The National Spinal Cord Injury Statistical Center (NSCISC)NSCISC supervises and directs the collection, management and analysis of the world's largest spinal cord injury database. Headquartered at the University of Alabama, Birmingham.

National Spinal Cord Injury Association (NSCIA)At NSCIA, we educate and empower survivors of spinal cord injury and disease to achieve and maintain the highest levels of independence, health and personal fulfillment. We fulfill this mission by providing an innovative Peer Support Network and by raising awareness about spinal cord injury and disease through education.

New York Online Access to Health (N.O.A.H)Offers information and links related to spinal cord and head injury treatment, rehabilitation, and children. Materials in Spanish.

Neuroscience for KidsOffers an understandable look at the segments of the spinal cord; from University of Washington.

NJ Self-Help Group ClearinghouseEnables people to help themselves with self-help groups.

Paralyzed Veterans of America, in support of The Consortium for Spinal Cord Medicine, offers authoritative clinical practice guidelines for bladder management. Consumer guides are available to download.

SpineUniverseAt SpineUniverse our goal is to help patients and their families understand their back or neck problems. In clear, straightforward language we aim to explain what causes spinal problems and how they can be treated. We are committed to ensure that all of the information we present is trustworthy and of the highest quality.

Spinal Cord Injury Information NetworkThe Spinal Cord Injury Information Center features clinical information about bowel management and all other medical issues of paralysis.

University of Alabama at BirminghamOffers an information sheet (Info Sheet #11) on bladder care and management.

United Spinal AssociationOur mission is to improve the quality of life of all Americans living with spinal cord injuries and disorders (SCI/D), including multiple sclerosis, spina bifida, Lou Gehrig’s Disease (ALS), and post polio.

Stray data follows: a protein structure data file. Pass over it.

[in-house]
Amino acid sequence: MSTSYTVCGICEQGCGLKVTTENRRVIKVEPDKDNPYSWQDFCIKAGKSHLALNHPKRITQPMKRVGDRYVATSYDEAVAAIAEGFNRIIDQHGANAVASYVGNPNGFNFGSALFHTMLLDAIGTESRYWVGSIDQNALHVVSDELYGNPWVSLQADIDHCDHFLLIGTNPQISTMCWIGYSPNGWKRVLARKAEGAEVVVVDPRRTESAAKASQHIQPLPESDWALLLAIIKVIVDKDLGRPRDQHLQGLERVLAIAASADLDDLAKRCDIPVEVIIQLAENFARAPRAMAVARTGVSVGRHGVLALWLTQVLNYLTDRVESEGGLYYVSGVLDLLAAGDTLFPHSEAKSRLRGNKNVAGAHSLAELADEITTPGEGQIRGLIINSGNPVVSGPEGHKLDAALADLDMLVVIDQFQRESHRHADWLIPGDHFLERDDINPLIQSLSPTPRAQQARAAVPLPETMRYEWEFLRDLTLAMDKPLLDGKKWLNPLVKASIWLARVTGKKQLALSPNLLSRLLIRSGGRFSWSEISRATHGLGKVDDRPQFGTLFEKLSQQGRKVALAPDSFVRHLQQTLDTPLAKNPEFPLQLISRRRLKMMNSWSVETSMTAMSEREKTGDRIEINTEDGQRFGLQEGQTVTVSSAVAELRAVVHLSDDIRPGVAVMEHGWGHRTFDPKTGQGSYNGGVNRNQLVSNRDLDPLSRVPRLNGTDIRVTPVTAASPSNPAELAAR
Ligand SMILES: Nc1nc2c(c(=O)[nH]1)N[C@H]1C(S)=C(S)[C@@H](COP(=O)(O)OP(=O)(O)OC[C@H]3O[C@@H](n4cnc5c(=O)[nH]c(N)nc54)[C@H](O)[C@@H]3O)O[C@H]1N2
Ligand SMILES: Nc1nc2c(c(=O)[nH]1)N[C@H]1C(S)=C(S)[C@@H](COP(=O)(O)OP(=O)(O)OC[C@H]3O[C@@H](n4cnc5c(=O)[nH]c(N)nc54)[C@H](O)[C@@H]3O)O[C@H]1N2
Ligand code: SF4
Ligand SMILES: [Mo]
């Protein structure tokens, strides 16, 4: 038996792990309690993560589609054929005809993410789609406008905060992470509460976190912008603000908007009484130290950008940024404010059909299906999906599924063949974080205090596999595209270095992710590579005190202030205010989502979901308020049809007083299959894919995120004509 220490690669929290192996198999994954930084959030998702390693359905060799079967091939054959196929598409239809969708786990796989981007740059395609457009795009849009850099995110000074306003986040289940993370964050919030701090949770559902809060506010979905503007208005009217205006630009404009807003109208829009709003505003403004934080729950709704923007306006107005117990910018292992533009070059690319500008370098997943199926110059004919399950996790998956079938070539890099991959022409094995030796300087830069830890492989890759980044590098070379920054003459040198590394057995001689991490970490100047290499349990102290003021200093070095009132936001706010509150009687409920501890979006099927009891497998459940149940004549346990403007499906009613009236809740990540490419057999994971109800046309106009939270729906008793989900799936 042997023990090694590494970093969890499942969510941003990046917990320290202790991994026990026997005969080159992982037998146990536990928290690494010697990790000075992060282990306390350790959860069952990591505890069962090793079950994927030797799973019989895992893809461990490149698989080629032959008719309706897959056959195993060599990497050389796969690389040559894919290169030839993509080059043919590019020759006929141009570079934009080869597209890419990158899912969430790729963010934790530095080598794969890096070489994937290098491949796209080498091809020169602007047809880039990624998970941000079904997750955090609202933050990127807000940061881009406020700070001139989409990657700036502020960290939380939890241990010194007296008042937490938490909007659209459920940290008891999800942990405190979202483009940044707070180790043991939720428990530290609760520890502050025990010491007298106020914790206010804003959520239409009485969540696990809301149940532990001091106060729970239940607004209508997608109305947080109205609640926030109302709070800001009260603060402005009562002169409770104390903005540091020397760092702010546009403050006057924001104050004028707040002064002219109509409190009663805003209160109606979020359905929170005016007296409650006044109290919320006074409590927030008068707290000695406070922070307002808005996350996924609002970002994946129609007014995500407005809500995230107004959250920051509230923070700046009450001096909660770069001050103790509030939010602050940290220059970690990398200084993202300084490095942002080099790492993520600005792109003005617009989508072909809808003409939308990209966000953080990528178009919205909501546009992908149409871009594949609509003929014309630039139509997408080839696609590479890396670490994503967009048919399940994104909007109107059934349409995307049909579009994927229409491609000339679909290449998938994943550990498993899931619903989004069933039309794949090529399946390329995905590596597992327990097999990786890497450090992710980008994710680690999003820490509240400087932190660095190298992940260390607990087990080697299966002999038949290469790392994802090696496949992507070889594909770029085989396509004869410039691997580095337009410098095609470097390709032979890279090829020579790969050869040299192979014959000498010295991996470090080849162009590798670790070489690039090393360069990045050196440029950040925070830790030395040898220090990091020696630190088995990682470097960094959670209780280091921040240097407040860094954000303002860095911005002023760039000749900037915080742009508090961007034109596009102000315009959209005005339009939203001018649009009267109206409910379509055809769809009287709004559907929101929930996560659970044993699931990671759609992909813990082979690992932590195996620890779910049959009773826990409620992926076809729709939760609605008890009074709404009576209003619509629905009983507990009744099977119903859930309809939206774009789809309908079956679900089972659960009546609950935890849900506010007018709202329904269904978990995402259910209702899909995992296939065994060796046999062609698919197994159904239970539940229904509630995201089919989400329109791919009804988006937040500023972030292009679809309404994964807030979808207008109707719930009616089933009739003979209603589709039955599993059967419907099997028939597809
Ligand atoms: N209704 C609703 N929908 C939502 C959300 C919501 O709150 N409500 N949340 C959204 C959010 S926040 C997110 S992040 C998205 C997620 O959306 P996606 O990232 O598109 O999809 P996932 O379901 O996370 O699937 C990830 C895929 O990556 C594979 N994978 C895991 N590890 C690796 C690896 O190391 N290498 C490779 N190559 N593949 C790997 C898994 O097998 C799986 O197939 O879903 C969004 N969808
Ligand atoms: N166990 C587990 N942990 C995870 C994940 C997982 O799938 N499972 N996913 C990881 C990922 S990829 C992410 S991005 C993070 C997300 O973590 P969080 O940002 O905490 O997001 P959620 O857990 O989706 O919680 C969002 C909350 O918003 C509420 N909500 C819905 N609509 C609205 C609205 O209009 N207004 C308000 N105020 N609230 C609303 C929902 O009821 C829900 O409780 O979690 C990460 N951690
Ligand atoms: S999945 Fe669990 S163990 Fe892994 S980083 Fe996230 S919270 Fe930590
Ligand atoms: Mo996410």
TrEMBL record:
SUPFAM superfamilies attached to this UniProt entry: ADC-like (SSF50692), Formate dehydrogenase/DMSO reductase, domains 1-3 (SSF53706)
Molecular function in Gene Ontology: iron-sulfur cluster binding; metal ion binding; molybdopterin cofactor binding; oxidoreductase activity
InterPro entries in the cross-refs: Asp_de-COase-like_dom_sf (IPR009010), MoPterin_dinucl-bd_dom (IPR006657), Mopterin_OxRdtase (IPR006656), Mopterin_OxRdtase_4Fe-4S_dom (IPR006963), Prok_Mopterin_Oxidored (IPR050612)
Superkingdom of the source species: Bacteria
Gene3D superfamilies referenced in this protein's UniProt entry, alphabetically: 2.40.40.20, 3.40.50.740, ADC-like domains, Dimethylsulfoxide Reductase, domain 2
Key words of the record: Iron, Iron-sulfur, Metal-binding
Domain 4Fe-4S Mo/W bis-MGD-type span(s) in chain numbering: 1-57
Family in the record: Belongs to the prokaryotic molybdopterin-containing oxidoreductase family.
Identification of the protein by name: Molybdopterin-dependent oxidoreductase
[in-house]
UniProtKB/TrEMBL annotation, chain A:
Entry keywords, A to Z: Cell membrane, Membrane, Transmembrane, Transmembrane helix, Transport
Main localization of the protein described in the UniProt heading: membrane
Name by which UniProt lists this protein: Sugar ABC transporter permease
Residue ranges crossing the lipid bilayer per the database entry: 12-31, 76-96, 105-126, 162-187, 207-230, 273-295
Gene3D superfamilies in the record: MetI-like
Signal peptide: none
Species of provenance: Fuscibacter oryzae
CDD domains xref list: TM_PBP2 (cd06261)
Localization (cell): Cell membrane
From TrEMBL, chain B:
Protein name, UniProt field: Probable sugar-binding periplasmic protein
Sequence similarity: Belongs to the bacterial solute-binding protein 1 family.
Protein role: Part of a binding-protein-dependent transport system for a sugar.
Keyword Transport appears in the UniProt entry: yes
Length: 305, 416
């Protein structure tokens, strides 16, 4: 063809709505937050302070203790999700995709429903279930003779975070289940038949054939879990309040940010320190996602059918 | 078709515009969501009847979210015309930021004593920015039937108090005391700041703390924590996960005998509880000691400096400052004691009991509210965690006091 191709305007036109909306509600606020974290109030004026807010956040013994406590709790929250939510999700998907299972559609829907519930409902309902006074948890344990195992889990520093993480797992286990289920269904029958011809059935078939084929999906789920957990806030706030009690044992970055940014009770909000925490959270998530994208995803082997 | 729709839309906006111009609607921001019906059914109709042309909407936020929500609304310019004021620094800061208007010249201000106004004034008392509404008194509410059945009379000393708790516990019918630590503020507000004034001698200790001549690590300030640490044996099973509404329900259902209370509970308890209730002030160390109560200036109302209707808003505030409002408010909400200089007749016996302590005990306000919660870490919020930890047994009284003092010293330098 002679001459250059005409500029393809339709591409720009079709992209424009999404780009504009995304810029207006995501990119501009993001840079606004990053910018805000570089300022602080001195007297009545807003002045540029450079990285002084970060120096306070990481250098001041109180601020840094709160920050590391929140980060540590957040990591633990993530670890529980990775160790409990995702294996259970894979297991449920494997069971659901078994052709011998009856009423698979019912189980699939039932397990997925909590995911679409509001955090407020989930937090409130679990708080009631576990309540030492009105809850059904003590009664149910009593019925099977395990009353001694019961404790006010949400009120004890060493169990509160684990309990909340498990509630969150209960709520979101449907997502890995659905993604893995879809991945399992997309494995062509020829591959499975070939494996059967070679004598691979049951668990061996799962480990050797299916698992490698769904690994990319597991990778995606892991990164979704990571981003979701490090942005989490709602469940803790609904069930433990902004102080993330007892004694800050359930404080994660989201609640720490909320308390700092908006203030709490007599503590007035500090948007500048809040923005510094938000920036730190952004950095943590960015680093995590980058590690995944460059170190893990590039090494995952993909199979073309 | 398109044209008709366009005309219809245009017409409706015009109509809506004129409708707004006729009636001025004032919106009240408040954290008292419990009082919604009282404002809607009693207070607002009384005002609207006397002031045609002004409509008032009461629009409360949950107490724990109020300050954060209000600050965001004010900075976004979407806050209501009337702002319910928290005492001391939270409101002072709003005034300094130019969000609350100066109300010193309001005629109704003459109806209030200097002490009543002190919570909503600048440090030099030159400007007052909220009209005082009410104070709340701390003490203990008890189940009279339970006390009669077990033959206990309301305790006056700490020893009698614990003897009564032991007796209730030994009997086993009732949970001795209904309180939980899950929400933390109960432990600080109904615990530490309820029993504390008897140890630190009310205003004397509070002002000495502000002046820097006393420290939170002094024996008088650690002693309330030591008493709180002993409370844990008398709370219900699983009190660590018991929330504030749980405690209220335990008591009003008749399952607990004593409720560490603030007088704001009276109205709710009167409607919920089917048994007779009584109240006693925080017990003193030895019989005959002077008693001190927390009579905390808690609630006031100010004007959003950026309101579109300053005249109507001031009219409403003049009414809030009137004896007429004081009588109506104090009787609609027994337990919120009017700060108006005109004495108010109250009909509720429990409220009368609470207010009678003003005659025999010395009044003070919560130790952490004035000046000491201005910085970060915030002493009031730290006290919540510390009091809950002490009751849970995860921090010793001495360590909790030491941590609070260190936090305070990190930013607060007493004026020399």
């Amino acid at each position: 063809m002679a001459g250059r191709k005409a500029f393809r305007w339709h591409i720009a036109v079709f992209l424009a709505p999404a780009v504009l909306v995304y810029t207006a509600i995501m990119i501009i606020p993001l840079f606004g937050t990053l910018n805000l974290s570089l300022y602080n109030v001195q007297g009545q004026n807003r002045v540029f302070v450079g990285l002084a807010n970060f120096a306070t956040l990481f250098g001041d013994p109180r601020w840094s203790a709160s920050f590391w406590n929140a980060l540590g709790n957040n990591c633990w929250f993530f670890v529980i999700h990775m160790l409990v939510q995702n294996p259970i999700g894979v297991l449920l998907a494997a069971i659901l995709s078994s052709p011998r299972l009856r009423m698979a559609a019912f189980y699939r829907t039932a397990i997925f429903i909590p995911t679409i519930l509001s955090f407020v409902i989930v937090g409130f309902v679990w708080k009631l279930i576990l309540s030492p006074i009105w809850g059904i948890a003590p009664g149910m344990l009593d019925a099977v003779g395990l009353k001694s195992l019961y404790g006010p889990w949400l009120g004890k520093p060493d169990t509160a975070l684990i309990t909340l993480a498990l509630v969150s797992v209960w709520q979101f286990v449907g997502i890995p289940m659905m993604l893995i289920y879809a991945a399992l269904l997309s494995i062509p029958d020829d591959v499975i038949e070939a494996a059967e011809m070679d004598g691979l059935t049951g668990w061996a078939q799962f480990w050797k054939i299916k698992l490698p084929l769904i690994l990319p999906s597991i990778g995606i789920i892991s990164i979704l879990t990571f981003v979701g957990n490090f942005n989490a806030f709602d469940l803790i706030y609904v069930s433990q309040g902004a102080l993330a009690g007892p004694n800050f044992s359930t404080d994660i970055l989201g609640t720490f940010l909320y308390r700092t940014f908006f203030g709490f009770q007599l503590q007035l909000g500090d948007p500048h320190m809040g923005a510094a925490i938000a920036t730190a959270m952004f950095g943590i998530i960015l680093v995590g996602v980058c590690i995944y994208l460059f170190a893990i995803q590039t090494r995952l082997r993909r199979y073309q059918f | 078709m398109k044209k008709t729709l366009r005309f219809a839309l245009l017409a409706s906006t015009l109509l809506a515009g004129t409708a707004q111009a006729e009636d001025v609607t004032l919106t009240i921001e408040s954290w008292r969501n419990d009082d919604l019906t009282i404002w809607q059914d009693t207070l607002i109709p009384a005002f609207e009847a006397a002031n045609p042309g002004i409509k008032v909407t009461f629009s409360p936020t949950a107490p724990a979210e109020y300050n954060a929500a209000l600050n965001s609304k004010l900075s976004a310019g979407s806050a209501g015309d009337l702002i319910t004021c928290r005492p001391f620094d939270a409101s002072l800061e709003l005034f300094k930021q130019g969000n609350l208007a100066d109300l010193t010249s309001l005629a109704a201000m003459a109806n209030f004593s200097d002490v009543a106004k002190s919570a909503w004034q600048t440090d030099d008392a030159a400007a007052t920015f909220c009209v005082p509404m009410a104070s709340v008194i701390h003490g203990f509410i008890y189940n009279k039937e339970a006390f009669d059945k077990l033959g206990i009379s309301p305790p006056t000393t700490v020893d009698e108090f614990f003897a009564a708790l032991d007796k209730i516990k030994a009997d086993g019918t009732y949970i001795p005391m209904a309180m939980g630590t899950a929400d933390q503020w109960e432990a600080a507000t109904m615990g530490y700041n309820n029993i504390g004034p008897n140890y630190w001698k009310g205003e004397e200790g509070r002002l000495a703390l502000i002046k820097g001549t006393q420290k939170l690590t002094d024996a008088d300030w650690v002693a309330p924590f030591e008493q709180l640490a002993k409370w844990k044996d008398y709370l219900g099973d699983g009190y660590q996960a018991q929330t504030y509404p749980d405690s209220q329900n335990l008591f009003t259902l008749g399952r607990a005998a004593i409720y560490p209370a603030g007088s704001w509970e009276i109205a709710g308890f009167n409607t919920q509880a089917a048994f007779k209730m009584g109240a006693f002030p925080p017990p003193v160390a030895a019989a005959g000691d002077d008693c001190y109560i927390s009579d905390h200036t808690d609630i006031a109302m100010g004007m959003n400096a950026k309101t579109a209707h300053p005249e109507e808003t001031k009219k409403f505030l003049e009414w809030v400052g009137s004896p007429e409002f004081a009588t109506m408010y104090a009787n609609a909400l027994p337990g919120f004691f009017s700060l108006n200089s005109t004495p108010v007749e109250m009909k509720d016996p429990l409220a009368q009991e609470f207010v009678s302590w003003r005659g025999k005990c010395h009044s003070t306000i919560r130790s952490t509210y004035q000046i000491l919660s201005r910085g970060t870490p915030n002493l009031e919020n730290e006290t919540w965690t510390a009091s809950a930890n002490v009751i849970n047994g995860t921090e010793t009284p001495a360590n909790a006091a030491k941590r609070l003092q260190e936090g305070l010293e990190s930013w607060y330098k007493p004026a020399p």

U.S. Department of Veterans Affairs Fact Sheet: VA and Spinal Cord InjuryOf the more than 250,000 Americans with serious spinal cord injuries and disorders, about 42,000 are veterans eligible for medical care and other benefits from the Department of Veterans Affairs (VA).

Paralysis Resource Center The Reeve Foundation Paralysis Resource Center Information Specialists are reachable business weekdays, Monday through Friday, toll-free at 800-539-7309 from 9:00 am to 5:00 pm ET. You may also schedule a call or send a message online.

Reeve Foundation Online Paralysis Community Connecting people living with paralysis, families, friends and caregivers so we can share support, experience, knowledge, and hope.

Quality of Life Grants DatabaseFind resources within the PRC Quality of Life Grants Database. Search by Zip Code, State or an Entire Category.

Library Books and VideosFind resources within the PRC library catalog.

ASK OUR EXPERTS
  • Email our Paralysis Information Specialists
  • Call our Paralysis Information Specialists
  • Call our Paralysis Information Specialists
  • Newly paralyzed or spinal cord injured? Start here.
Get your free copy of the Paralysis Resource Guide
Paralysis Resource Guide

This FREE 442 page book is a comprehensive information tool for individuals living with paralysis and for their caregivers. Request or download your copy now!
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The Reeve Foundation Paralysis Resource Center Information Specialists are reachable business weekdays, Monday through Friday, toll-free at 800-539-7309 from 9:00 am to 5:00 pm Eastern U.S. Time. International callers use 973-467-8270. You may also schedule a call or send a message online.

This project was supported, in part by grant number 90PR3001, from the U.S. Administration for Community Living, Department of Health and Human Services, Washington, D.C. 20201. Grantees undertaking projects under government sponsorship are encouraged to express freely their findings and conclusions. Points of view or opinions do not, therefore, necessarily represent official Administration for Community Living policy.